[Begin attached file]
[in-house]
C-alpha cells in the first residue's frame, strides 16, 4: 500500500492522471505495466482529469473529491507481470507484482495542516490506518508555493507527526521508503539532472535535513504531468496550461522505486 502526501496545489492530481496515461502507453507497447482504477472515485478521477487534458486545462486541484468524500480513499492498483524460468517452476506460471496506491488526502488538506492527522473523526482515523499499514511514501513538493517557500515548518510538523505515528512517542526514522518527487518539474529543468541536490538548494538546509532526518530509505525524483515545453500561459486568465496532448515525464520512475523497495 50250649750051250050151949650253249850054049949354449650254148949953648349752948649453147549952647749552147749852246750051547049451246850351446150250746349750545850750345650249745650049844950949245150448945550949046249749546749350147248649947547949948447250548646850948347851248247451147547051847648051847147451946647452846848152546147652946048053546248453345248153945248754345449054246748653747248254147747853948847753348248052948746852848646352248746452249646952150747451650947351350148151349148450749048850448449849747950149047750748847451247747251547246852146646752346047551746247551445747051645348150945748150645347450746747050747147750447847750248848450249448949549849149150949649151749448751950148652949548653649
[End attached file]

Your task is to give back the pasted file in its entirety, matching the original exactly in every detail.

[in-house]
C-alpha cells in the first residue's frame, strides 16, 4: 500500500492522471505495466482529469473529491507481470507484482495542516490506518508555493507527526521508503539532472535535513504531468496550461522505486 502526501496545489492530481496515461502507453507497447482504477472515485478521477487534458486545462486541484468524500480513499492498483524460468517452476506460471496506491488526502488538506492527522473523526482515523499499514511514501513538493517557500515548518510538523505515528512517542526514522518527487518539474529543468541536490538548494538546509532526518530509505525524483515545453500561459486568465496532448515525464520512475523497495 50250649750051250050151949650253249850054049949354449650254148949953648349752948649453147549952647749552147749852246750051547049451246850351446150250746349750545850750345650249745650049844950949245150448945550949046249749546749350147248649947547949948447250548646850948347851248247451147547051847648051847147451946647452846848152546147652946048053546248453345248153945248754345449054246748653747248254147747853948847753348248052948746852848646352248746452249646952150747451650947351350148151349148450749048850448449849747950149047750748847451247747251547246852146646752346047551746247551445747051645348150945748150645347450746747050747147750447847750248848450249448949549849149150949649151749448751950148652949548653649